To test whether the interaction with polyQ toxicity was conserved, we determined whether human muscleblind (MBNL1) could also modulate polyQ toxicity in the fly. Flies co-expressing human MBNL140 with pathogenic SCA3trQ78 had dramatically enhanced toxicity with striking loss of pigmentation and accelerating PR neurodegeneration (Supplementary Fig. S6d, g, i). Previous studies indicate that functional depletion of muscleblind contributes to CUG repeat toxicity, with upregulation of MBNL140 suppressing CUG RNA toxicity 10. To further determine whether muscleblind modulation of polyQ toxicity shared features with CUG RNA modulation, we asked whether an isoform of MBNL1 that fails to bind CUG repeats in binding assays in vitro 6, 11 was altered in ability to modulate polyQ toxicity. Transgenics were generated that expressed MBNL135, a form of MBNL1 that lacks exon 4 encoding a domain required for optimal CUG repeat binding 6, 11 and conserved in Drosophila Mbl (Supplementary Fig. S6a). Flies expressing MBNL135 at similar levels to MBNL140 with SCA3trQ78 disease gene had mitigated enhancement, with only mild pigmentation loss and modest loss of PR neurons (Supplementary Fig. S6). These results indicated that a MBNL1 isoform which is compromised in ability to bind CUG repeat RNA, is also compromised in ability to enhance CAG-encoded polyQ toxicity. This suggested that muscleblind may modulate polyQ toxicity at least in part by acting at the level of the RNA, although mechanisms with CUG RNA modulation are likely distinct given the opposite effects in these two disease situations.

The data discussed so far suggested that enhancement by Mbl was associated with an increased level of the RNA with consequent increased level of polyQ protein. Consistent with an effect on the RNA, MBNL1 has been shown to interact with CAG repeat RNA in vitro and co-localize with CAG repeat RNA foci in cell culture, suggesting that it can interact with CAG repeat RNA11, 12. We therefore considered whether the enhanced toxicity observed when polyQ RNA levels were increased by Mbl was due simply to an increase in the level of the protein, or whether the CAG repeat RNA itself possessed an inherent toxicity contributing to polyQ disease. The ataxin-3 transgenes used thus far were composed of pure CAG repeat sequences within the glutamine-encoding domain; we therefore tested whether the CAG repeat sequence was important for Mbl enhancement. SCA3 transgenes were generated with a CAG repeat sequence interrupted by CAA codons (SCA3trQ78CAA/G). These transgenes are predicted to express a protein of identical amino acid sequence to the CAG-repeat encoding transgenic lines, differing only in the sequence of the RNA within the polyQ-encoding region (Supplementary Fig. S7a). Lines were selected that expressed the protein at levels similar to those of CAG-repeat transgenic lines (Supplementary Fig. S7b, c; Supplementary Table S2).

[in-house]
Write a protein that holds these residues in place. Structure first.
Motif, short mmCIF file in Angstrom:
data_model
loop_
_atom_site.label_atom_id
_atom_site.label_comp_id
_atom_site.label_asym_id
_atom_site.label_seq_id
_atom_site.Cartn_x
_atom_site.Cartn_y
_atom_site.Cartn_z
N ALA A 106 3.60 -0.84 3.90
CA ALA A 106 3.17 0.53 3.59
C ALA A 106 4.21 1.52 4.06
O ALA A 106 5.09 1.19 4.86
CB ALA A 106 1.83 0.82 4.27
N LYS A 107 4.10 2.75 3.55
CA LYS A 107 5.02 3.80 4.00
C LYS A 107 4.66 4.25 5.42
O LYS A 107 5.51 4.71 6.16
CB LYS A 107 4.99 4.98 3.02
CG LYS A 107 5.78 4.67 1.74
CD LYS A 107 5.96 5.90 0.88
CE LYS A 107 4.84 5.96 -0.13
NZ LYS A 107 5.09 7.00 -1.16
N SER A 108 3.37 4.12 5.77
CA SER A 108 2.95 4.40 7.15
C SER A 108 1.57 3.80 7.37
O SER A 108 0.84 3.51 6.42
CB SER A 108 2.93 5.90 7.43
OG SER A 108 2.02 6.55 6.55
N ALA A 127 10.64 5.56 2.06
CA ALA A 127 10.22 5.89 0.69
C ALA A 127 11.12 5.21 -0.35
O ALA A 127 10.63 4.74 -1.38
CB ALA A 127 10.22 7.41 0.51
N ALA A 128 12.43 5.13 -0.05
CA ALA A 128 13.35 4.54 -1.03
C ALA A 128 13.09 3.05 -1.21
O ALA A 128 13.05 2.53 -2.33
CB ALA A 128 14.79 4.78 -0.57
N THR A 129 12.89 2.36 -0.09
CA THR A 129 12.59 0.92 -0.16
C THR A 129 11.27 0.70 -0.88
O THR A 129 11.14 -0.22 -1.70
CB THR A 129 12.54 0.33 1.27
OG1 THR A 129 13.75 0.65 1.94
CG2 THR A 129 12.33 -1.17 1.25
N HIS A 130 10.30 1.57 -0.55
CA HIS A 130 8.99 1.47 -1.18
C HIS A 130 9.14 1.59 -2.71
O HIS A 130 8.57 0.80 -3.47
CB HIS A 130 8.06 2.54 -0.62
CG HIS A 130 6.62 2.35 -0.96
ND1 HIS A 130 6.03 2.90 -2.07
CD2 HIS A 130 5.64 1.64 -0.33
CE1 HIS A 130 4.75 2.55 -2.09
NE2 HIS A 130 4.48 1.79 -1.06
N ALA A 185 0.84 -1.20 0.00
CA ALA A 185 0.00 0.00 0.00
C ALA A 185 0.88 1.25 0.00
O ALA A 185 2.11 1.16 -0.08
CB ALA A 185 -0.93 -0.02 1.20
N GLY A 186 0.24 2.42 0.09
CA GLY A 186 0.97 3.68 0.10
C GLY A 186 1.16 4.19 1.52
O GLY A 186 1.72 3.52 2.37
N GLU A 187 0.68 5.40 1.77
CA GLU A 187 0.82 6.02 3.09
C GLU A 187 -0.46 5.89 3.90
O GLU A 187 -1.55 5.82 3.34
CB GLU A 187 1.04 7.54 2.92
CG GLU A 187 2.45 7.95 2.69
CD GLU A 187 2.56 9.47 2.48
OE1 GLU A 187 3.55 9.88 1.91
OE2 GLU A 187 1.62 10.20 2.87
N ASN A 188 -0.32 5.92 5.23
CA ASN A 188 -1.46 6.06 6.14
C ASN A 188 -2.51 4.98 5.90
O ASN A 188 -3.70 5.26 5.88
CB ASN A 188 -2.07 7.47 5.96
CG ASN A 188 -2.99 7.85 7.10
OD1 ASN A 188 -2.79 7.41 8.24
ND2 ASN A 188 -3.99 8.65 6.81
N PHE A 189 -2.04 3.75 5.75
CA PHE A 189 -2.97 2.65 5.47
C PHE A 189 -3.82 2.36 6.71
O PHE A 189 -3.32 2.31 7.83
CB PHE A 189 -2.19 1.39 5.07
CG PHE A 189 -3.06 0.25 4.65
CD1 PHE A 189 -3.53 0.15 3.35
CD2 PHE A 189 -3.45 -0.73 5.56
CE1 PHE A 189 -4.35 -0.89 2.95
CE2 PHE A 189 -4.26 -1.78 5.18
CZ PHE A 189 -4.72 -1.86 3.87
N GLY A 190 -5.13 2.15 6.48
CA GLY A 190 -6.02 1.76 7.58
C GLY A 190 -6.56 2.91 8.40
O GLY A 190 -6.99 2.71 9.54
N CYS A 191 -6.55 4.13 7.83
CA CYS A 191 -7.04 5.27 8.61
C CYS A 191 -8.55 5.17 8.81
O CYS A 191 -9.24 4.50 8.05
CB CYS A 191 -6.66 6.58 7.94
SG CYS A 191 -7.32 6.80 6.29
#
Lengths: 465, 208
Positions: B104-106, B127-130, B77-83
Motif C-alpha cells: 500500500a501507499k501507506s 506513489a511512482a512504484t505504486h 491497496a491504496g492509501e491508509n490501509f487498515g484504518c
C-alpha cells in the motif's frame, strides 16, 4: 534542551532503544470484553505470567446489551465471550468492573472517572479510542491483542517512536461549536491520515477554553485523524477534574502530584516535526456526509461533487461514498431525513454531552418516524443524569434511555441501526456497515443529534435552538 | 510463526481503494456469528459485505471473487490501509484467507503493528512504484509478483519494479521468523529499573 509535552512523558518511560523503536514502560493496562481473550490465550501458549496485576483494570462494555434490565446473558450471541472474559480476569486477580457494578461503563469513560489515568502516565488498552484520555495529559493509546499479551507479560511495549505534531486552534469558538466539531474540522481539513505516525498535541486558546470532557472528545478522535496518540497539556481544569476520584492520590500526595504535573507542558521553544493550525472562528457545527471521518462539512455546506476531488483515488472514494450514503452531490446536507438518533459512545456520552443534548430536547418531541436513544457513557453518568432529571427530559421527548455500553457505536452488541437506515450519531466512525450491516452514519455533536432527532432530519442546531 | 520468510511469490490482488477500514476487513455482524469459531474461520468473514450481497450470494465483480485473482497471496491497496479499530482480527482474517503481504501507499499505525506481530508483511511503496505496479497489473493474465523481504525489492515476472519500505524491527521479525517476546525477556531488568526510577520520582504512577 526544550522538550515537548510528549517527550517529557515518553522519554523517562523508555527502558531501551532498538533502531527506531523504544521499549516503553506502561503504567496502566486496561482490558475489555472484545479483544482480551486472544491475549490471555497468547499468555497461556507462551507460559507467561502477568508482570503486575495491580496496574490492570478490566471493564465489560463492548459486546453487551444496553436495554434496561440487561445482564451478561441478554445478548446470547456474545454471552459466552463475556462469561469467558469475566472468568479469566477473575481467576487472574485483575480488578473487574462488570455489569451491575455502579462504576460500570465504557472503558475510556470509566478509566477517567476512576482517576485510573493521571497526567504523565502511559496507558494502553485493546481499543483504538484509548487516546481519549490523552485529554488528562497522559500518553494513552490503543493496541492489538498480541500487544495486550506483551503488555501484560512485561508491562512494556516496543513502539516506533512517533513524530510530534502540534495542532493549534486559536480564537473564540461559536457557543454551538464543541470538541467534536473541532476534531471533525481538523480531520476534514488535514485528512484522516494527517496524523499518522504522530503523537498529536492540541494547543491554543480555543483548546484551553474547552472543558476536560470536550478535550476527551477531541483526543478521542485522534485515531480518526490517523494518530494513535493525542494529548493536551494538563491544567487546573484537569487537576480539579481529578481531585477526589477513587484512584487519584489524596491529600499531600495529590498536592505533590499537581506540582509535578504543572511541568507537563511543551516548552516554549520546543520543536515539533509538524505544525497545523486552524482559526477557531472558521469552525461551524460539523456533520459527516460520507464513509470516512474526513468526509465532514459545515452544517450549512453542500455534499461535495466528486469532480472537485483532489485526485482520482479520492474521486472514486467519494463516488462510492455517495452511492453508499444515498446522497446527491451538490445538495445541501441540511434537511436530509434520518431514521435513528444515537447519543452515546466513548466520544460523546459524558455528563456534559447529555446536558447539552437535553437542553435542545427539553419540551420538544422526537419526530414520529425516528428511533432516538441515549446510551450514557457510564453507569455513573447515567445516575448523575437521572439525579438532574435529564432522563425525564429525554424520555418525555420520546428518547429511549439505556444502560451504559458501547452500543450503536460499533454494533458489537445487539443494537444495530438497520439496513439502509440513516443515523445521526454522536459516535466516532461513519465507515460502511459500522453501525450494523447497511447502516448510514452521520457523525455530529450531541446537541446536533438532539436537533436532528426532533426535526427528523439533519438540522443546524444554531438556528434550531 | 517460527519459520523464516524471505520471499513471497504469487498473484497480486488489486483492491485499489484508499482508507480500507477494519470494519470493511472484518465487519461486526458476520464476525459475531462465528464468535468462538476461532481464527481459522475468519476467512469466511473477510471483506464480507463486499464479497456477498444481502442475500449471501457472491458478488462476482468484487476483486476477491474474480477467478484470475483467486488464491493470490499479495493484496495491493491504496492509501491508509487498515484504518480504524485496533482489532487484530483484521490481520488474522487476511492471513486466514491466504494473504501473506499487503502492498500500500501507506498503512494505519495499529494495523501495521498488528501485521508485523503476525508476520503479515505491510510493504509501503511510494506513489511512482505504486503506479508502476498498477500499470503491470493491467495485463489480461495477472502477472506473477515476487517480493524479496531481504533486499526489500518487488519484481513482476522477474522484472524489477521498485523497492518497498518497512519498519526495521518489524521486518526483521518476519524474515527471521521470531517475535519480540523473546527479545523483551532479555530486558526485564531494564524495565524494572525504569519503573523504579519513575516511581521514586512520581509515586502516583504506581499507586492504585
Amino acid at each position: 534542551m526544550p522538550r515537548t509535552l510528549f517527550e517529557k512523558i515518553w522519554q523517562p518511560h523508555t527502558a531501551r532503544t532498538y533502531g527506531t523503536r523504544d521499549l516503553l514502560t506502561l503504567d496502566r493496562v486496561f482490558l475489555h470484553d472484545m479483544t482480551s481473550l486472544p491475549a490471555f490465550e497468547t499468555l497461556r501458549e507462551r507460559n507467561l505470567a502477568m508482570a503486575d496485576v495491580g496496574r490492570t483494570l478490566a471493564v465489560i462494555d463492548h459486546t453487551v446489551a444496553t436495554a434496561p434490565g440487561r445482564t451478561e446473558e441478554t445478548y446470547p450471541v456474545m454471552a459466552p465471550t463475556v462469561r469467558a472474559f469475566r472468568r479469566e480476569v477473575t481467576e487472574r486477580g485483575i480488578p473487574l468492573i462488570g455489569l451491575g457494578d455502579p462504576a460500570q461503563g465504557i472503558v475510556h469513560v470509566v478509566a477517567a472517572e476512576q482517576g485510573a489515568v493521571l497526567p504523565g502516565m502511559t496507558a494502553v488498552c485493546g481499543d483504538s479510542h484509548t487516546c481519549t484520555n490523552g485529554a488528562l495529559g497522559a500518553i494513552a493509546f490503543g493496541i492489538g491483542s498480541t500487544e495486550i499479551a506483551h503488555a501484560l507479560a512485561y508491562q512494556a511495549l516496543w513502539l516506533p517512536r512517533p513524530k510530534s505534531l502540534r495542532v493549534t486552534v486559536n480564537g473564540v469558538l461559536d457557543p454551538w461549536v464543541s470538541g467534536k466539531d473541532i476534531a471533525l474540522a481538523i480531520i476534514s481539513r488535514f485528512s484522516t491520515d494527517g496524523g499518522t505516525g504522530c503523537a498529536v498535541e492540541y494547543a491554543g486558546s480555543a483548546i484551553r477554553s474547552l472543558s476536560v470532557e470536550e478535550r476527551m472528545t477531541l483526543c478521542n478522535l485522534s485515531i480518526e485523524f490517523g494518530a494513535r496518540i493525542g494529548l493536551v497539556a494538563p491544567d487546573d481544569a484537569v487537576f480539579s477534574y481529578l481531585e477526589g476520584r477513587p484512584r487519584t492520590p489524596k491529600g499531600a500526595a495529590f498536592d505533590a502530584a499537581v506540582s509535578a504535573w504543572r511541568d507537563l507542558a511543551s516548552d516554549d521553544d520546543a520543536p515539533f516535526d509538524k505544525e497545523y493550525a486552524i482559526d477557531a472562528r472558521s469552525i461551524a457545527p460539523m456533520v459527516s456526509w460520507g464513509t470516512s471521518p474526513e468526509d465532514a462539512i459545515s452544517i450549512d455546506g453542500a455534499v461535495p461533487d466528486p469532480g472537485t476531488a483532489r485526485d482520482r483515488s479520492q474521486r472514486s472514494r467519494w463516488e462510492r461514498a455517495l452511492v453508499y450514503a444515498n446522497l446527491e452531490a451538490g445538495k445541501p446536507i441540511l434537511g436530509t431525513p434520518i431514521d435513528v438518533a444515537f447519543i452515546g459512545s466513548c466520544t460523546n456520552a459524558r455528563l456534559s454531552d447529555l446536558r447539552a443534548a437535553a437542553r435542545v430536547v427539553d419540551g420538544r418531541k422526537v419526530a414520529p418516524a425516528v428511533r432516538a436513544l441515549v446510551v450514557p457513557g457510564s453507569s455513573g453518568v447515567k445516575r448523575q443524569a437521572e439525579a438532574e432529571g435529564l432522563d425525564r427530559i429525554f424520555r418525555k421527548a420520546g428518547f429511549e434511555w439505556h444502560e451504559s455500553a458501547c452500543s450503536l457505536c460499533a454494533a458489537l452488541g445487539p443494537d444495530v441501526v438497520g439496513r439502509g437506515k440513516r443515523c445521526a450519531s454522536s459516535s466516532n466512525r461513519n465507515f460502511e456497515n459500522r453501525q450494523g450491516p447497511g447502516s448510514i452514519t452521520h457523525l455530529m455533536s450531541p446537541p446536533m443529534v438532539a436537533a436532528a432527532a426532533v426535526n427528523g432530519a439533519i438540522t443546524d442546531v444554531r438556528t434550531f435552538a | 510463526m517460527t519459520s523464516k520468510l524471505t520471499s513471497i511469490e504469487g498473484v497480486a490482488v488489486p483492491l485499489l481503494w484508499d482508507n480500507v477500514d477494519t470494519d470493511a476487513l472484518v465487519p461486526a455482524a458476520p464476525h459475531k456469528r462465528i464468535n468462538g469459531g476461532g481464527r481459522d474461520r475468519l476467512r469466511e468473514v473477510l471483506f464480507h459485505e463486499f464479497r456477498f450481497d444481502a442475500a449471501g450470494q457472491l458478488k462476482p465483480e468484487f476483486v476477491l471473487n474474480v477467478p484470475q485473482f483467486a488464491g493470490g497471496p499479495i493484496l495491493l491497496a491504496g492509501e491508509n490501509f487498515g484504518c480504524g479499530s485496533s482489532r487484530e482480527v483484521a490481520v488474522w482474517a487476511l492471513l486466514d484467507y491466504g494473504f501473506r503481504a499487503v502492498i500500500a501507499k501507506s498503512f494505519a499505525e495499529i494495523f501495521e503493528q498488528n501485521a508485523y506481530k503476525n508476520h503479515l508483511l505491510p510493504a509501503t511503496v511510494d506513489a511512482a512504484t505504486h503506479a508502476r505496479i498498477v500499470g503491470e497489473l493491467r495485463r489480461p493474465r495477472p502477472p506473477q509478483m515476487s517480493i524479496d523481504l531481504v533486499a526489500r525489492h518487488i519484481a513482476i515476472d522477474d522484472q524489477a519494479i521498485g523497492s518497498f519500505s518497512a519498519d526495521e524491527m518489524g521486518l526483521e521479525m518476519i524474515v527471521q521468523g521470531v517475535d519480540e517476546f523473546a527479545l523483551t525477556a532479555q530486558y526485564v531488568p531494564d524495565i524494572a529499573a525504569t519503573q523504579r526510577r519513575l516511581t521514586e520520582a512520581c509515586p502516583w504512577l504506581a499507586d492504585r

Analysis of the toxicity in flies expressing similar levels of SCA3trQ78CAA/G and the pure CAG-encoded protein (SCA3trQ78CAG) showed that the two transgenes conferred strikingly different degrees of degeneration. Whereas SCA3trQ78(s)CAG flies had strong loss of pigmentation and PR neurons (4.6±0.6 PR/ommatidium), SCA3trQ78CAA/G flies expressing identical levels of protein had only mild pigmentation loss and minimal PR degeneration (6.5±0.2 PR/ommatidium) (Fig. 2e-f, Supplementary Fig. S8). Mitigation of toxicity also occurred with expression globally in the nervous system with elav-GAL4: SCA3trQ78CAA/G flies lived longer, with milder progression of neuronal dysfunction (Fig. 2g, h). These findings were confirmed with multiple independent SCA3trQ78CAA/G and SCA3trQ78CAG transgenic lines (Supplementary Table S2). We also analyzed flies expressing full-length ataxin-3. These studies showed similar mitigation of toxicity when the CAG repeat sequence was replaced by an interrupted CAA/G sequence within ataxin-3 encoding transgene (Supplementary Fig. S9). These results indicated that toxicity of pathogenic ataxin-3 is mitigated upon interruption of the CAG repeat.

Figure 2
Interruptions of the CAG repeat mitigate SCA3 protein pathogenesis